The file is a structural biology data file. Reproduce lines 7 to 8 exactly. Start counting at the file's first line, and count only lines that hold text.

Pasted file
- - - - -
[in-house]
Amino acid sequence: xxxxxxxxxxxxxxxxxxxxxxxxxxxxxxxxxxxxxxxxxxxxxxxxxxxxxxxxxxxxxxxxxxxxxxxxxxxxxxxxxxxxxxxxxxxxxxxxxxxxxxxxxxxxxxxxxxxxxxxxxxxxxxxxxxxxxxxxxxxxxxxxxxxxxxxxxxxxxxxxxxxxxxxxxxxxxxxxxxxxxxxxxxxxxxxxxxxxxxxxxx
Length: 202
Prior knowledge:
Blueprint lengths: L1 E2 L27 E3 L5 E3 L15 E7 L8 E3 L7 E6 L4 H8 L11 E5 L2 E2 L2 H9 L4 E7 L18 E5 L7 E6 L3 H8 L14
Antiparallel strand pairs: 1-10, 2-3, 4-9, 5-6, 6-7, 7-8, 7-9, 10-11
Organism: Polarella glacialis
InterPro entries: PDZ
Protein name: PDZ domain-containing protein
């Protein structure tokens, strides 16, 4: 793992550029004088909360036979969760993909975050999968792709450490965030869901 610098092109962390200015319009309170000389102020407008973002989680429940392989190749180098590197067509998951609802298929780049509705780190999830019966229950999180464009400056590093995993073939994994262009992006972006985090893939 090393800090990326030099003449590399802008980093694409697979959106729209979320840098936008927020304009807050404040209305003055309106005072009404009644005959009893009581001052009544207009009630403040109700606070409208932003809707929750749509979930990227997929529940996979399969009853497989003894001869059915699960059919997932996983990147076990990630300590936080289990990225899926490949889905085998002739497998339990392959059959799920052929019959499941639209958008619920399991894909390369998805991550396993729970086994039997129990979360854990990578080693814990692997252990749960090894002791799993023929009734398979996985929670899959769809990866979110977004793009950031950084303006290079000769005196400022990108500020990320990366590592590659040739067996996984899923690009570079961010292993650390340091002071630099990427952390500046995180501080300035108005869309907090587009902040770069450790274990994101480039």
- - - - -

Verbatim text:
Organism: Polarella glacialis
InterPro entries: PDZ